Friday, July 31, 2009

Should Courts Step In?

A young man was cross-checked in the chest four times with a hockey stick, then a final blow to the chin knocking him out. If it had played in a back ally in any town USA, it might be cause for a long term prison sentence. But if it happens on the rink, maybe a game suspension.

An article in The Globe and Mail brought up the question of where is the line and can you cross it. Where does a bad decision on the part of a hockey player become criminal. Dive into stories about Todd Bertuzzi and Marty McSorley. While many of those incidents could just be hockey plays that just went bad, are you still responsible for your actions whether you have a jersey on or not?

Let's take the NHL and the minor leagues out of the equation. What if this happened at a men's beer league at Kettler? Things like this sometimes happen, a hockey play gets out of hand and a stick is being broken over someone's head. Most times that player is banned from the league, sometimes banned from ever coming back to the rink.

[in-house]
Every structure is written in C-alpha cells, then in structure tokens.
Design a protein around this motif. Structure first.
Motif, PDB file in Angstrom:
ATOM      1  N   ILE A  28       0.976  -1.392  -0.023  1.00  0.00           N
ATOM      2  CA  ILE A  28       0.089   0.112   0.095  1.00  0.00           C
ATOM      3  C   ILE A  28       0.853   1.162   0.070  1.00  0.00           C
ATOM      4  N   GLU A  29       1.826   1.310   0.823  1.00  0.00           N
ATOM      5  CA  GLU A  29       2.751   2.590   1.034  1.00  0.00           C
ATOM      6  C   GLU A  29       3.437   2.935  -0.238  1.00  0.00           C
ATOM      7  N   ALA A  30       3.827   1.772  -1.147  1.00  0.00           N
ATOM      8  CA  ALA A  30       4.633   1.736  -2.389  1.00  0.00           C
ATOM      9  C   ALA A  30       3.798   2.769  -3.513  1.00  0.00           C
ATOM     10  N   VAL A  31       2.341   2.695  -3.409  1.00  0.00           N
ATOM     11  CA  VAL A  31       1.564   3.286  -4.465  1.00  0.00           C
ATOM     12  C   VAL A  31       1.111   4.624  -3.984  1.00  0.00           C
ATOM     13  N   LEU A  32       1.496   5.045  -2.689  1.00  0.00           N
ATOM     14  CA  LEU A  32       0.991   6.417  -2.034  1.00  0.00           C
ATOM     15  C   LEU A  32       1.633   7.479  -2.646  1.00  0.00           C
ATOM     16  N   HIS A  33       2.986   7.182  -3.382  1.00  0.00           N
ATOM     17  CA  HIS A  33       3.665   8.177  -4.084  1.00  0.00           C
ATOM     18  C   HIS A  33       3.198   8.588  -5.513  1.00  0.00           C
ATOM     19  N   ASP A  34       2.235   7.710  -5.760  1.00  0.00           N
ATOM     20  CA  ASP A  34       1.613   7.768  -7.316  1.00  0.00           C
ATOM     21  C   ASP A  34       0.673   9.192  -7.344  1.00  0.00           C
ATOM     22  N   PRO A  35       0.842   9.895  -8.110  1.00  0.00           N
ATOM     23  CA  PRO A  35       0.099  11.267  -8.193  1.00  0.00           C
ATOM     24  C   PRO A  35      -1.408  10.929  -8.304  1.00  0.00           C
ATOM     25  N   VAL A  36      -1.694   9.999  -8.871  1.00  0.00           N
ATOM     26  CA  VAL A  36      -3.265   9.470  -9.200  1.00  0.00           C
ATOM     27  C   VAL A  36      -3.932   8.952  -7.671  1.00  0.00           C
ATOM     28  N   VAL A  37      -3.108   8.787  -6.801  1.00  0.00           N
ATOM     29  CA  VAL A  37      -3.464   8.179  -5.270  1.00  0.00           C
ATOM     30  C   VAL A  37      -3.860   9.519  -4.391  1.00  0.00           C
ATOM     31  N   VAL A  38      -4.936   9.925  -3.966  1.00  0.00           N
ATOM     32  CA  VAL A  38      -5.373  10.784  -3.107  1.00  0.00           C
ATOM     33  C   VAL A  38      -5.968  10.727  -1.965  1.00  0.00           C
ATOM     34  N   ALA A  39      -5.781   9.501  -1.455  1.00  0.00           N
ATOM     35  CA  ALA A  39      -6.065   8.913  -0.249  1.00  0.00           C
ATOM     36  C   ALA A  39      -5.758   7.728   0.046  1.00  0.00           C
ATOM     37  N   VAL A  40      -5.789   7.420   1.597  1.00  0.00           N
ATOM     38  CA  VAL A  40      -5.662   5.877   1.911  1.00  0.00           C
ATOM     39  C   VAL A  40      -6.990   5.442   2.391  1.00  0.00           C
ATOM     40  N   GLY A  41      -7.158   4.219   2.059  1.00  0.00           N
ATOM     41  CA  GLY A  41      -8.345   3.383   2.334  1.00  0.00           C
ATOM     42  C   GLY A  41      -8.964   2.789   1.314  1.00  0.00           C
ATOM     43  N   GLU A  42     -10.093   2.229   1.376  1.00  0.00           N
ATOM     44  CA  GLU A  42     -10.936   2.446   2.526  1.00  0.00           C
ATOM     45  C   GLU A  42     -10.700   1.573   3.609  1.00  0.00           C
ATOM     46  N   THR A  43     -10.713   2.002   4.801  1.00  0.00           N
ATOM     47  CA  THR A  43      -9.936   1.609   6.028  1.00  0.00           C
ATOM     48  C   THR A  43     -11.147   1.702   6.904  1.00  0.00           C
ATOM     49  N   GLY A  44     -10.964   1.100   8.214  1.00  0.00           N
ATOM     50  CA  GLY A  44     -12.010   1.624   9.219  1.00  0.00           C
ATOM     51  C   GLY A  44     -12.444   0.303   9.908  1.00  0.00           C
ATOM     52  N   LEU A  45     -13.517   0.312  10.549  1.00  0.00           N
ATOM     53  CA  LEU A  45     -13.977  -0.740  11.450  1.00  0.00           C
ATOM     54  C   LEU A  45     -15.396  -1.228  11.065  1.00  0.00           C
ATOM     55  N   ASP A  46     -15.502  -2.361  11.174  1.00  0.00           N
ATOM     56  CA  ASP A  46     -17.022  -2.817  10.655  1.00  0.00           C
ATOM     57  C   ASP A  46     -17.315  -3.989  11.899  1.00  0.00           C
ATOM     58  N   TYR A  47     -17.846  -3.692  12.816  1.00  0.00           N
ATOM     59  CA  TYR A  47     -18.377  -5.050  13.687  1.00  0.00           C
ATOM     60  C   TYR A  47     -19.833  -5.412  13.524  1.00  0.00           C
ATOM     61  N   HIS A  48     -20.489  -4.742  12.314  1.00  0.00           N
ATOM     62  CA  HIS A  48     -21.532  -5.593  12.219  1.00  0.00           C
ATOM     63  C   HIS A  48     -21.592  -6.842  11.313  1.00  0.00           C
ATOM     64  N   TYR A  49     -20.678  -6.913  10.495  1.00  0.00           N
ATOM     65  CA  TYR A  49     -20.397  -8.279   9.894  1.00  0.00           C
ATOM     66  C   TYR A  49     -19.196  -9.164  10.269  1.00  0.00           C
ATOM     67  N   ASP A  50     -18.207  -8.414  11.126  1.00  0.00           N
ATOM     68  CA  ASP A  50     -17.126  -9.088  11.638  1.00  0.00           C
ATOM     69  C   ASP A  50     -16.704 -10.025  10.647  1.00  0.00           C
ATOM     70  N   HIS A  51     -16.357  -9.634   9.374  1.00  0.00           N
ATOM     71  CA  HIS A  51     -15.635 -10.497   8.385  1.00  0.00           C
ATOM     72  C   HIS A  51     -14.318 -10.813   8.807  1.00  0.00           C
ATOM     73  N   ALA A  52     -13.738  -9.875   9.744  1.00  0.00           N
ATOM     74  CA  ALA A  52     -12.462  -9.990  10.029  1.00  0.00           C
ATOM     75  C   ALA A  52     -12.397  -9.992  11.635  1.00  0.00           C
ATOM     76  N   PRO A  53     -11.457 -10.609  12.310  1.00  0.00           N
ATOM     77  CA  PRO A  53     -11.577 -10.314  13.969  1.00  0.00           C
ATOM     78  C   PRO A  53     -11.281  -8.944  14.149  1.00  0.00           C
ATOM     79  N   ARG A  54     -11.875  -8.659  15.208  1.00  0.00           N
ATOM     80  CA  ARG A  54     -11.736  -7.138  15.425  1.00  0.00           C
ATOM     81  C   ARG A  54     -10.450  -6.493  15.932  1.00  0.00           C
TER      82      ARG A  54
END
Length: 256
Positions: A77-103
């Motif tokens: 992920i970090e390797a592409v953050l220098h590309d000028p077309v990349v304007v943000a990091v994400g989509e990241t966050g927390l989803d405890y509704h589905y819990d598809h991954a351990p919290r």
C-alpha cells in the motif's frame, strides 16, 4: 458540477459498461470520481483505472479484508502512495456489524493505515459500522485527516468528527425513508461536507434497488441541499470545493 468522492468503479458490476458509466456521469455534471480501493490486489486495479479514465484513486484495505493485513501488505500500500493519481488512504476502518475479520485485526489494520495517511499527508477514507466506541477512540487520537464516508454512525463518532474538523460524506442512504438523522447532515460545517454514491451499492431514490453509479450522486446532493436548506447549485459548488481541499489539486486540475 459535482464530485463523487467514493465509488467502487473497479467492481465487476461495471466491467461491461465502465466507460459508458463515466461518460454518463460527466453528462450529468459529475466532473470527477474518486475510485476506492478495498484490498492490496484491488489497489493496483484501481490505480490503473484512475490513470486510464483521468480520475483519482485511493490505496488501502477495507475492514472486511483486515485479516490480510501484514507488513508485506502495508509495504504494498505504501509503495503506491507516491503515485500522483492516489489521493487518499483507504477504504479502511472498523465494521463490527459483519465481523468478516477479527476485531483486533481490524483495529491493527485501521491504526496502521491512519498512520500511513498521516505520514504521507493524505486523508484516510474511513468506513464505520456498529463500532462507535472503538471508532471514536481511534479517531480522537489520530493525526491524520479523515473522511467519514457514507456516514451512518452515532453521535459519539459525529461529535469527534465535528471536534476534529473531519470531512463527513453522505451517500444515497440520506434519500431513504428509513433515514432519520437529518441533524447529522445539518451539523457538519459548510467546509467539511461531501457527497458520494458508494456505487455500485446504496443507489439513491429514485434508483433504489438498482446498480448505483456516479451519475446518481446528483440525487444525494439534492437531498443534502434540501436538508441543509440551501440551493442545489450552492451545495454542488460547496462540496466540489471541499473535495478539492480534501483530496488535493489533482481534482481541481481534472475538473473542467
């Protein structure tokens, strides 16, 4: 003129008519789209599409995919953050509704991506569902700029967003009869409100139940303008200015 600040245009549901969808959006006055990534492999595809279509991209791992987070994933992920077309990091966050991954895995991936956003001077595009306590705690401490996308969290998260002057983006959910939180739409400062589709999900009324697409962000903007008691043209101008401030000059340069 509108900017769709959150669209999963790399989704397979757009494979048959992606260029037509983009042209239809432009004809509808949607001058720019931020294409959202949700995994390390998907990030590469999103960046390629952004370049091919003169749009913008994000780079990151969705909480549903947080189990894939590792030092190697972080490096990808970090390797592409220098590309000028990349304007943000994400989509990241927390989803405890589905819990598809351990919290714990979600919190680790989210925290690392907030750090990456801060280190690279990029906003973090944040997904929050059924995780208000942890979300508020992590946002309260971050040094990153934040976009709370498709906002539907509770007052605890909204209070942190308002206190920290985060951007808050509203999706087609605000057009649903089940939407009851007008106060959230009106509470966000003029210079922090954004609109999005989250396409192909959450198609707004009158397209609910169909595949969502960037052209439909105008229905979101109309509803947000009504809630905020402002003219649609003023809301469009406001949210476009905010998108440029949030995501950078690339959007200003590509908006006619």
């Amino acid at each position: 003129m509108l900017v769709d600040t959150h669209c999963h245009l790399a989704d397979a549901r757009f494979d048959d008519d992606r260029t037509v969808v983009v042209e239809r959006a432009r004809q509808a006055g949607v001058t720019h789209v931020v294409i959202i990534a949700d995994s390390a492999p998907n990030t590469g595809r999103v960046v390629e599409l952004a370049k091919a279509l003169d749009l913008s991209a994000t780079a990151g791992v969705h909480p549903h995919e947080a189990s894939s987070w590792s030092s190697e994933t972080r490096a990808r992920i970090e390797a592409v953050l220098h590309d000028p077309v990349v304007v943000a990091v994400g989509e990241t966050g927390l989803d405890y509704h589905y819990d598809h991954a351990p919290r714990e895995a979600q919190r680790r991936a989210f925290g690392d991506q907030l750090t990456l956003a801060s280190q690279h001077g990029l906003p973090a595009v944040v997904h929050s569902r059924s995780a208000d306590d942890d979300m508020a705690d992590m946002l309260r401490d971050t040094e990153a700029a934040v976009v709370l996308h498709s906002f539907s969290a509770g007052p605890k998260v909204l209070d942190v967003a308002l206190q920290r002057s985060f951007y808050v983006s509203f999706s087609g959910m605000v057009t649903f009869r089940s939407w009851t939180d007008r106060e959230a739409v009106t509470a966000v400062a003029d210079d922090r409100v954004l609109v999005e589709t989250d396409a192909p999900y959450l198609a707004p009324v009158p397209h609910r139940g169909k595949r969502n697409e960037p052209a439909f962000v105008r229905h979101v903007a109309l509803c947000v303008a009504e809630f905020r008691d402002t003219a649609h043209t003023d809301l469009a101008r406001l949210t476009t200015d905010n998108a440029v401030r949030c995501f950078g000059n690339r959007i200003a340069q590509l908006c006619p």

Sadly, I have been involved in some of those types of games. Where a guy got hit into the boards from behind after the whistle, or a player took exception to a non penalty call and slashed the referee. When does it stop being hockey and start becoming assault. Obviously there are rules to how far one can go before being tossed from a league or from the rink. But when does the law step in?

For this case in the Quebec Major Junior Hockey League, the judge is deliberating on what should become of the hockey player that went after another player. One side debating that the victim should have stood up for himself, grabbed the stick of the perpetrator or skated away. The court will decide if the action was "assault causing bodily harm."

It should be interesting to see what the courts ruling will be.

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